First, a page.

Lin Manuel Miranda: Latino Public Intellectual (Part 4)
by Kahlil Chaar-Pérez
My posts about Lin-Manuel Miranda in this blog have meant to address both the significance and heterogeneity of the U.S. Latinx historical imaginary from a contemporary perspective. As I have indicated before, discussions about U.S. intellectual culture barely recognize the long tradition of Latinx creative production in the United States—if they do at all. To fully grasp the emergence of a figure like Miranda within the mass public it is thus necessary to scrutinize his specific position within this tradition, while also taking into account the instability of Latinidad as a social and political category: how multifarious communities, cultures, ideologies and racial differences are grouped under the rubric of Hispanics and Latinos in the mainstream eye.
As he often points out himself in interviews, Miranda’s formative experience as a Puerto Rican raised in New York City has evidently shaped his work and ideas, leading him to write, perform, and speak out in public about the ongoing socioeconomic crisis in Puerto Rico. At the center of Miranda’s interventions was the passing of PROMESA, the federal law that in June created a Federal Oversight Board in order to supervise and manage the restructuring of the debt of the Puerto Rican government. Appointed by President Obama, the board is in essence a group of unelected, unaccountable individuals whose connections to neoliberal economic and political interests presage a barrage of harsh austerity measures, including the lowering of the minimum wage to $4.25 an hour for people 25 years old and younger.
When the bill was still being discussed and drafted, Miranda took to newspapers, TV, and even Congress to plead with politicians and ordinary citizens to support a version of PROMESA that enabled Puerto Rico to restructure its debt while still giving it a chance to thrive, as the headline of his first New York Times op-ed stated. In the same op-ed piece, Miranda argued for the need to envision the debt crisis in Puerto Rico as “an American issue,” echoing the same ethos that the actors of Hamilton invoked when making their own overture to Mike Pence in the name of “American values.” It should not be surprising then that Miranda concludes the piece with an analogy between his “kindred spirit,” Alexander Hamilton, and himself: “I write about Puerto Rico today just as Hamilton wrote about St. Croix in his time.” Miranda is referencing Hamilton’s heartfelt public appeal for hurricane relief as a teenager, which was couched in the rhetoric of Christian suffering and compassion.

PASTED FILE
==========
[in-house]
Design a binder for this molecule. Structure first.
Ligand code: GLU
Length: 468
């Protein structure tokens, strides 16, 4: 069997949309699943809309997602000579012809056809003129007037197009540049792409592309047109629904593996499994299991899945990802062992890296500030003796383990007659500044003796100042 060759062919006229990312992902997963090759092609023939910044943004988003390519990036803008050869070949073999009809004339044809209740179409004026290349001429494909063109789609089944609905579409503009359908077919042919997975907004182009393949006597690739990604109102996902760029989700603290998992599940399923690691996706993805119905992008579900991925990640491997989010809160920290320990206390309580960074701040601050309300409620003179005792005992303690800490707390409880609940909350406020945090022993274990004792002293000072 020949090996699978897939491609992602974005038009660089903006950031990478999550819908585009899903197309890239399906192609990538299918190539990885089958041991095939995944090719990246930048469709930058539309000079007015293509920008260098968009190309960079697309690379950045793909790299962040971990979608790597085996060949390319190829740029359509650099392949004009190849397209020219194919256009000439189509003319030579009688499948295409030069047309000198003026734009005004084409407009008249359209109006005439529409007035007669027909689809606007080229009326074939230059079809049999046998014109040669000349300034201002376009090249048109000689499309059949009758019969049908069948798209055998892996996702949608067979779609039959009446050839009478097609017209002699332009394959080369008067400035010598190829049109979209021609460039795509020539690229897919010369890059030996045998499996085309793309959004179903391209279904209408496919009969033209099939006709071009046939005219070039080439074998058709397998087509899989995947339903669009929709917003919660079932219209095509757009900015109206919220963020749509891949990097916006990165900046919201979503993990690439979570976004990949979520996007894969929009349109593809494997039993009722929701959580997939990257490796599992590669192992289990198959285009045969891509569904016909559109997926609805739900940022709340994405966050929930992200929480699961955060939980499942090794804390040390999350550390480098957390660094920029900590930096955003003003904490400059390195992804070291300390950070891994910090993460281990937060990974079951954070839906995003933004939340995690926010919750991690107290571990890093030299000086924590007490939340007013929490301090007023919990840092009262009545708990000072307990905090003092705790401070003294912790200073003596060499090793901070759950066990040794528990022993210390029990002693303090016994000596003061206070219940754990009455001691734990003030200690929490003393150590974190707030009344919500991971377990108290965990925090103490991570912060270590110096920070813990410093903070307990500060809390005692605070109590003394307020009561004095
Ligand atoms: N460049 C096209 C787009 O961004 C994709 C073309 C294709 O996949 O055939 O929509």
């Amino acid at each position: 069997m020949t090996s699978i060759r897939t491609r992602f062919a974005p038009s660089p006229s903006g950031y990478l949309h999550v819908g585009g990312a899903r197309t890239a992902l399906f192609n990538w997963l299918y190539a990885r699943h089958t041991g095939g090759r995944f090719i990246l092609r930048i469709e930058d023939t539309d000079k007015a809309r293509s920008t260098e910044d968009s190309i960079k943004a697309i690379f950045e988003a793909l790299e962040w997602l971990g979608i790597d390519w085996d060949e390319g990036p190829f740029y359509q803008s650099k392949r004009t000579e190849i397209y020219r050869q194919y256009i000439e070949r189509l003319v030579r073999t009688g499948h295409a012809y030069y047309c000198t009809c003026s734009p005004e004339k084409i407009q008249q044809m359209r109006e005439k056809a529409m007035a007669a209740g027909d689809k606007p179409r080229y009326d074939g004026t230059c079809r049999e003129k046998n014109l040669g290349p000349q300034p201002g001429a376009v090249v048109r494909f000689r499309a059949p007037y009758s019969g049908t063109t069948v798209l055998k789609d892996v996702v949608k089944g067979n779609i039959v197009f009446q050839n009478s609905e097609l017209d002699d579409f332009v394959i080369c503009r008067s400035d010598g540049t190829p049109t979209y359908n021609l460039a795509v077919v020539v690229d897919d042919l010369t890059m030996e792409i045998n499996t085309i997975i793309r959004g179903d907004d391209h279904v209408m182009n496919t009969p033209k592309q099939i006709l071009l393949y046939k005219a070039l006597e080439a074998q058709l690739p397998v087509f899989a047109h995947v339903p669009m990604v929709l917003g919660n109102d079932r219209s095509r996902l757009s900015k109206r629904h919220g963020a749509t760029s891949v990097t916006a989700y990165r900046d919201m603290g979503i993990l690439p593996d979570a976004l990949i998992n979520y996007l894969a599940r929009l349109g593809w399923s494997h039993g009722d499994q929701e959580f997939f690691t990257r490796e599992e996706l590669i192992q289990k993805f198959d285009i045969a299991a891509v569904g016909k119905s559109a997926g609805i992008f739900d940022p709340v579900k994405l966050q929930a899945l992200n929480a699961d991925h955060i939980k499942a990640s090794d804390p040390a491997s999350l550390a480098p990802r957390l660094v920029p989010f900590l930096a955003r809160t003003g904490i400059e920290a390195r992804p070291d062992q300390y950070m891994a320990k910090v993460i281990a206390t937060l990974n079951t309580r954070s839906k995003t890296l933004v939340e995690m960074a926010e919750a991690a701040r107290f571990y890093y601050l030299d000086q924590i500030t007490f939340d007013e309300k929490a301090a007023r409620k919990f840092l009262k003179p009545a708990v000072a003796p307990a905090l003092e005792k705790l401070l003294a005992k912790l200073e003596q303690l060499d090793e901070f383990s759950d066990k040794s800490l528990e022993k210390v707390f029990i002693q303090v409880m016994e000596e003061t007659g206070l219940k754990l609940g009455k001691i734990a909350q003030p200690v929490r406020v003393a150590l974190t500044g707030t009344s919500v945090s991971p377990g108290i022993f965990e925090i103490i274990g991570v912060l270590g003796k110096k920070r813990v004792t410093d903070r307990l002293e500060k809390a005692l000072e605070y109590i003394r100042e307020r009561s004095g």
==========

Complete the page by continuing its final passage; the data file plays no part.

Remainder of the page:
Empathy is perhaps the key attribute of Miranda’s social performance: in a press conference he gave in Puerto Rico, he underlined this, avowing that an “artist’s responsibility is to create empathy.” Although Miranda has confessed to finding the political sphere to be unappealing—even saying that he feels “allergic” to it—, like all discourse of sentimentality, his invocation of feelings is grounded in its own politics. In linking the times of Hamilton with the present, Miranda evokes the moral sentiments of the founding fathers, who engaged in varying ways with Protestant ethics, the ideas of the Enlightenment, and historical figures such as Cato as they articulated what Julie Ellison describes as “the affective ideals of republican emotion.” Perhaps what matters most then about Hamilton is the realm of affect, how the musical pulls the strings of our hearts to identify with its idealized presentation of Alexander Hamilton as a tragic hip-hop hero that is meant to be both “inspirational” and “aspirational.”